After Rishi’s summer statement, the public borrowing has now reached £350bn. Everyone knows a recession is here and redundancies are unfortunately going to be high. The key question is “how deep and how many?” v-shaped recovery? V-Shaped Recovery.
How the Chief Economist of the Bank of England, Andrew Haldane can say “Britain is on track for a V-shaped recovery”, beggars’ belief.
Our graphic above is something that was doing the rounds last week. The key factors here are:
- How deep will the ‘V’ be?
- The last part of any recovery – it will be the hardest, i.e. the range 90-100% shown above.
We believe that we could face, a 10% drop in GDP here i.e. only return to 90% of pre-Covid-19 levels and early figures indicate this could well be the level of the severity of a recession.
When we see the effect that the Covid-19 is having on the mature, stable, and flourishing businesses, we all know what is coming for those that were already struggling.
For example, Pret A Manger in the Financial Times commented that, if they do not get back to 50-60% of their pre-Covid-19 turnover levels, then they would have to look at ‘major restructuring’. That was after they closed 30 stores permanently with the loss of 1,000+ jobs for starters.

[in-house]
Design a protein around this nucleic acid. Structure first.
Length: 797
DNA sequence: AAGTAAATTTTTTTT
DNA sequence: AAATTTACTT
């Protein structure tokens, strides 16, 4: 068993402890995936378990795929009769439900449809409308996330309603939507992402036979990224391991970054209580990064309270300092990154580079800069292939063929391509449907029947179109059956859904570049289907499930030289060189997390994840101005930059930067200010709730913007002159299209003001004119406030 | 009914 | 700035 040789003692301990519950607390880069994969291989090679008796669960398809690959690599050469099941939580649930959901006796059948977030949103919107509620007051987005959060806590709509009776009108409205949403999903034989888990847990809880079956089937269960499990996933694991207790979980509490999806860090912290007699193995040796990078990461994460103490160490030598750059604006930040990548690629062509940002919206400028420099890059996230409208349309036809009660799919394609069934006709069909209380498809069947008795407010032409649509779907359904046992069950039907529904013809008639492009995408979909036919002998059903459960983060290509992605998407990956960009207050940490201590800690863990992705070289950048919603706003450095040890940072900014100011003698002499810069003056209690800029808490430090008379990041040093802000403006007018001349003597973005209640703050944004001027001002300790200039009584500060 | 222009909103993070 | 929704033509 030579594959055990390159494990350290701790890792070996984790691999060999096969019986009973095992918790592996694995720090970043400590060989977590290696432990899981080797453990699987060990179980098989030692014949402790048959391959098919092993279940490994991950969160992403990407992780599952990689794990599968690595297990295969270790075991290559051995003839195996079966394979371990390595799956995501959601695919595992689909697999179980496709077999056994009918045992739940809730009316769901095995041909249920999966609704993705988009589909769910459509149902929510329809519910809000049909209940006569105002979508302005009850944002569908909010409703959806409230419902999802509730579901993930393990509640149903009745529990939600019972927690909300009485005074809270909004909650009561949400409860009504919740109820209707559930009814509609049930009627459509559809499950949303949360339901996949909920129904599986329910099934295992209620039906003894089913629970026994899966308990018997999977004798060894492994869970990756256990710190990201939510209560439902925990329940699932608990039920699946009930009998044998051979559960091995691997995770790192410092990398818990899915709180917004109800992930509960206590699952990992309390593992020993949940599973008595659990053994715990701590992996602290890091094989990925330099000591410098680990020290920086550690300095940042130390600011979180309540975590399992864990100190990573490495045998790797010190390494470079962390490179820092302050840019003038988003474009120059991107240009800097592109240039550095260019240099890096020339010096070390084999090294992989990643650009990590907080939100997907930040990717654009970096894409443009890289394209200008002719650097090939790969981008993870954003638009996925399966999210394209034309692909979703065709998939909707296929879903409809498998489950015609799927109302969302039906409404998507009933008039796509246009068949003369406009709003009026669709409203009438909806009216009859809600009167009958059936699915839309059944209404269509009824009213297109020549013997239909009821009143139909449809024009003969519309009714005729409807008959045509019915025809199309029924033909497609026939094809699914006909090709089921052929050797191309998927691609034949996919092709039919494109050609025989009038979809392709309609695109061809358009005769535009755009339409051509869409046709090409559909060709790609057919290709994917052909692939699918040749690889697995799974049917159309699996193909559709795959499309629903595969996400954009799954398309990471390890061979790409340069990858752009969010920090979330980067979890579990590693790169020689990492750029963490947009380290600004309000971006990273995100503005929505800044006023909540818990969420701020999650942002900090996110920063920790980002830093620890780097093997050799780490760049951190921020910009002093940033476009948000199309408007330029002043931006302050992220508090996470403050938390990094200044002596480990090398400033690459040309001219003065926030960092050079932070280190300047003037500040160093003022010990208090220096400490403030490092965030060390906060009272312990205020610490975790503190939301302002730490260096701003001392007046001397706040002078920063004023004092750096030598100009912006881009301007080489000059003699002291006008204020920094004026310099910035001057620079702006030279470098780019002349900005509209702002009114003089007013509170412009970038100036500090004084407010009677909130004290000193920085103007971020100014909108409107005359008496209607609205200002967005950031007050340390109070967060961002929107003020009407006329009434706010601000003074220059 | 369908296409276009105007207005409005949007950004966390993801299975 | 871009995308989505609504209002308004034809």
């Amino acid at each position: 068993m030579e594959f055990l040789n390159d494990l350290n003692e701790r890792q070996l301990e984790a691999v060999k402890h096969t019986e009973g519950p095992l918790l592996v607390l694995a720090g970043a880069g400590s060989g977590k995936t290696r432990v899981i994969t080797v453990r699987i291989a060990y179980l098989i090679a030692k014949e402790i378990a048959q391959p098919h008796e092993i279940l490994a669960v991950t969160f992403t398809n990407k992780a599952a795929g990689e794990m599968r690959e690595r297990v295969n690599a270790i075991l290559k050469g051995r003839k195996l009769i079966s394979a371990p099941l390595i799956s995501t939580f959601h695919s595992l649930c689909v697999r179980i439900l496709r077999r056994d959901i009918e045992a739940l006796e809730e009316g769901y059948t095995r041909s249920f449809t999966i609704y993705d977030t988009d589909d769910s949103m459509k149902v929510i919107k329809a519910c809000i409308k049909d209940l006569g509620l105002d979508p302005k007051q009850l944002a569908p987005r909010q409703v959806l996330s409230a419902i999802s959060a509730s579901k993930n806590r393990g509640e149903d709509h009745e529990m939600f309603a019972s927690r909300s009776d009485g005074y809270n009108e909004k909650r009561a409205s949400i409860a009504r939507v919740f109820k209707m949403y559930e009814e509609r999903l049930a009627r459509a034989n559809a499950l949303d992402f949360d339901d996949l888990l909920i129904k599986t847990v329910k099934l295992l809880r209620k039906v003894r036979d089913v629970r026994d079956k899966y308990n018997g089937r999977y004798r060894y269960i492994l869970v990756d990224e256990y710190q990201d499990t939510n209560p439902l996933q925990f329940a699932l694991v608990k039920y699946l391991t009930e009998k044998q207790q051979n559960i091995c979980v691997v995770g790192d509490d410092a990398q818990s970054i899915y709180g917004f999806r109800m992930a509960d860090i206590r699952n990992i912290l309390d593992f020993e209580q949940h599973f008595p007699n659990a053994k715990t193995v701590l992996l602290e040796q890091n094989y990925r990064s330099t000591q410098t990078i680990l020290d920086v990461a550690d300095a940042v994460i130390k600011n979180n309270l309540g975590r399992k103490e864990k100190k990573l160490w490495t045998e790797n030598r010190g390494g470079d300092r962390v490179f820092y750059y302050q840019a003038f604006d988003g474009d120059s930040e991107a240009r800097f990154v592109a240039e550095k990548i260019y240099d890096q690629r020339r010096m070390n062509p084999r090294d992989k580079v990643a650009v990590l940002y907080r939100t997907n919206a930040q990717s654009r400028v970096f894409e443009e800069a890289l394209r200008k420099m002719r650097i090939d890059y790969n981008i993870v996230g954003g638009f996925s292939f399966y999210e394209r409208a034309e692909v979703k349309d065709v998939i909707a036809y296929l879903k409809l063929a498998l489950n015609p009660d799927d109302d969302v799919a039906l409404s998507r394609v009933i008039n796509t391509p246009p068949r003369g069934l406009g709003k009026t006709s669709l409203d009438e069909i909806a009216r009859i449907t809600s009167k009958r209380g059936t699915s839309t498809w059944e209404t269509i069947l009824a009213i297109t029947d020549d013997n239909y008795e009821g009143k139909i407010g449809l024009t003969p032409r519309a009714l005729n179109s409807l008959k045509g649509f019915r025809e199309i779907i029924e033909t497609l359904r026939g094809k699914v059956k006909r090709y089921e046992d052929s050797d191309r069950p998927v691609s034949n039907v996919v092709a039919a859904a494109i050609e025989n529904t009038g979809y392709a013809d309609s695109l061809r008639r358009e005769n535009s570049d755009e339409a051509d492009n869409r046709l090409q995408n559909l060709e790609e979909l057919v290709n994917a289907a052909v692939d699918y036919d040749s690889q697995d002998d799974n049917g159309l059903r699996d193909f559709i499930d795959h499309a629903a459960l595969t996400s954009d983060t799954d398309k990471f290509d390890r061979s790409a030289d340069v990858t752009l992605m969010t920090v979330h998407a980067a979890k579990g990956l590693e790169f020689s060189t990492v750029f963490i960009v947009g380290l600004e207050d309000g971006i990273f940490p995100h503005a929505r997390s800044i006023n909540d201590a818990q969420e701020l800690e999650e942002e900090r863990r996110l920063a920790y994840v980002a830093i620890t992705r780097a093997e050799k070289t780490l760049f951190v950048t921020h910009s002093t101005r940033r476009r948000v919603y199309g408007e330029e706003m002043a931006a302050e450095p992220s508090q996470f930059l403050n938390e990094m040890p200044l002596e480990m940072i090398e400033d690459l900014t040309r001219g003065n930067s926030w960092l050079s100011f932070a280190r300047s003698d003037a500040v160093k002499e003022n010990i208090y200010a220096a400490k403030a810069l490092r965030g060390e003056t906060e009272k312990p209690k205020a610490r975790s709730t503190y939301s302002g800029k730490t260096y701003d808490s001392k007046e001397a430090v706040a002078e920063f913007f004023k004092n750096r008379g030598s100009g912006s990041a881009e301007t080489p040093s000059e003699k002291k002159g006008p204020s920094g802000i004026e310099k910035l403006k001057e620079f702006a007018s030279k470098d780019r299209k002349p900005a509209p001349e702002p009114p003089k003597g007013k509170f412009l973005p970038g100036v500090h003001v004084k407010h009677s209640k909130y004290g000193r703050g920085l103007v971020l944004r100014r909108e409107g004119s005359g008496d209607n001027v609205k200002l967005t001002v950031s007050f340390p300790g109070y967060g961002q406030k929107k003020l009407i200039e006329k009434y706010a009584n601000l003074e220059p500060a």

Rather than the ‘happy-clappy’ V-shaped recovery talked about; most people in the know envisage a ‘swoosh’ recovery.
*this is not the Nike logo, before their legal eagles start.*
The ‘swoosh’ suggests a very quick fall and then a gradual clawback.
I may be a cynic, but I would suggest the clawback will be at about its peak.around and about the time of the next General Election!
Rishi has done a good job so far in applying the handbrake to the recessionary fall and it gives me no joy to talk on this subject, in this time and manner, but Mr. Haldane, is with respect, talking out of his fundamental orifice.